Grantees from six states, in LAPP’s first cohort, will receive funding and technical assistance to enhance community data sharing capabilities and foster relationships between state governments, community based-organizations, and community members. The initiative was developed with strategic planning and key insights from federal and state officials, community-based organization leaders, subject matter experts, and community members.
2021 projects include:
- Arizona (led by the Arizona Housing Coalition): Building a statewide data-sharing model between state agencies and the homeless systems of care to support those experiencing homelessness.
- Connecticut (led by the United Way of Central and Northeastern Connecticut): Co-developing a data framework and report for community collaboratives to improve population health.
- Rhode Island (led by the Center for Health and Justice Transformation at The Miriam Hospital): Integrating criminal justice, health, and other public sector data to inform justice involvement as a social determinant of health and explore robust criminal justice outcomes.
- South Carolina (led by the University of South Carolina): Leveraging existing data to inform rural community health and educational initiatives.
- Washington, D.C. (led by the D.C. Primary Care Association): Establishing sustainable, interoperable resource directory infrastructure that will facilitate the flow of information about the health, human, and social services that are available to DC residents.
- Washington (led by the Economic Services Administration at Department of Social and Health Services): Collaborating with state and community partners on a shared vision for an equitable economic recovery and a just and equitable future.
“Bridging multi-sector data from states and communities is a necessary step to achieving equity,” said Elissa Bassler, MFA, co-program director of Data Across Sectors for Health and chief executive officer of the Illinois Public Health Institute. “Grantees will reimagine how data can be used to build healthier, more equitable communities and share learnings with others.”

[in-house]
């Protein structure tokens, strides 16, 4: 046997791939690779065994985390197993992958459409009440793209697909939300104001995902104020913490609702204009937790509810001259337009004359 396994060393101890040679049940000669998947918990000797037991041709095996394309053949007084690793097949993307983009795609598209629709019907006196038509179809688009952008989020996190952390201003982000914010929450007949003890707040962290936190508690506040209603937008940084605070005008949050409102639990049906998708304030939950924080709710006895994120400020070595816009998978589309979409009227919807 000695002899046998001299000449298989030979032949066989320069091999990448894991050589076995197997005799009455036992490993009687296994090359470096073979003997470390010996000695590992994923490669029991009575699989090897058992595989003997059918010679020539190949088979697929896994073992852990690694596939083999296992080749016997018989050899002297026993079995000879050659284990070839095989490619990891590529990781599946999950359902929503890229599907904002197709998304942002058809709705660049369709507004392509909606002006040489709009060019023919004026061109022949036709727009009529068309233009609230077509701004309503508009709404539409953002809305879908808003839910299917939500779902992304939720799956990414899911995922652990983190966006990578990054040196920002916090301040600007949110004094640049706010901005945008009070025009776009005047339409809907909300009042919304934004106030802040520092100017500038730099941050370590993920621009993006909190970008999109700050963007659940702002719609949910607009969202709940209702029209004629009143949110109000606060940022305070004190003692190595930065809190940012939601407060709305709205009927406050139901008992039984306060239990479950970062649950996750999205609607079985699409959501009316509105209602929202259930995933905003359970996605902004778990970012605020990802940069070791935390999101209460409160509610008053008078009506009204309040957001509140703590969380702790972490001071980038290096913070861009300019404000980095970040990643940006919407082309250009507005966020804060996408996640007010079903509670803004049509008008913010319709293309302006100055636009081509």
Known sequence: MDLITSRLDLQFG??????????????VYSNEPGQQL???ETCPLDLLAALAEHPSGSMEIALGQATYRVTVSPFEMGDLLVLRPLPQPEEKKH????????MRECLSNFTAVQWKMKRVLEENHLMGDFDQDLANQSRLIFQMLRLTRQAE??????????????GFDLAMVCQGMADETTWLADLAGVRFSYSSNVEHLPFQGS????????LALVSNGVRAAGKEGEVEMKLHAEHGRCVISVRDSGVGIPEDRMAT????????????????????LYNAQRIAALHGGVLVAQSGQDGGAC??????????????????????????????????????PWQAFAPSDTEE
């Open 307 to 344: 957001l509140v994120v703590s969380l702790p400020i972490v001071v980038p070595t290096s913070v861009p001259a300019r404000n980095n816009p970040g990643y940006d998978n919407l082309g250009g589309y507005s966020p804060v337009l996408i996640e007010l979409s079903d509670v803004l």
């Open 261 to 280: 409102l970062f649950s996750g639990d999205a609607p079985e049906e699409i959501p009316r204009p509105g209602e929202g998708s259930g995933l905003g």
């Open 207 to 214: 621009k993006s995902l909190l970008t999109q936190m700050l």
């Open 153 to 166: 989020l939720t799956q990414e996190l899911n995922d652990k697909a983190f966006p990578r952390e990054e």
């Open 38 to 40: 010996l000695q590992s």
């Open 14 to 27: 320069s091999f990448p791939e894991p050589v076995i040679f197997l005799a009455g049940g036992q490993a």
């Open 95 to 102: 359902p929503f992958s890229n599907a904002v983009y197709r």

DASH has worked with communities throughout the country over the past five years to build local capacity for exchanging data between multiple sectors, while simultaneously building the evidence base to inform a national movement.
“Data partnerships between states and communities can drive the policy changes needed to coordinate health care, public health, and social services for people those systems serve, enabling more equitable state and local systems for health,” said Hilary Heishman, MPH, senior program officer at the Robert Wood Johnson Foundation.
To learn more about the program, visit www.DASHconnect.org/LAPP.
About Data Across Sectors for Health
Supported through the Robert Wood Johnson Foundation and led by the Illinois Public Health Institute and the Michigan Public Health Institute, DASH supports collaborations that work together to improve the health of their communities, promote health equity, and contribute to a Culture of Health by strengthening information-sharing systems, engaging additional sectors and community members, and building sustainable capacity to work collaboratively toward community goals. DASH shares lessons learned from awardees to create a body of knowledge and advance this emerging field of sharing data and information across and beyond traditional health sectors, and leverages peer-to-peer connection opportunities to spread innovative approaches that address the root causes of inequity and poor health. The home for this network of dissemination is All In: Data for Community Health.
About the Center for Health Care Strategies
“The Center for Health Care Strategies (CHCS) is a nonprofit policy center dedicated to improving the health of people with low incomes. CHCS works with state and federal agencies, health plans, providers, and community-based organizations to advance innovative and cost-effective models for organizing, financing, and delivering health care services. Its work focuses on: (1) advancing delivery system and payment reform; (2) integrating services for people with complex needs; and (3) building Medicaid and cross-sector leadership capacity to support high-quality, cost-effective care. For more information, visit www.chcs.org.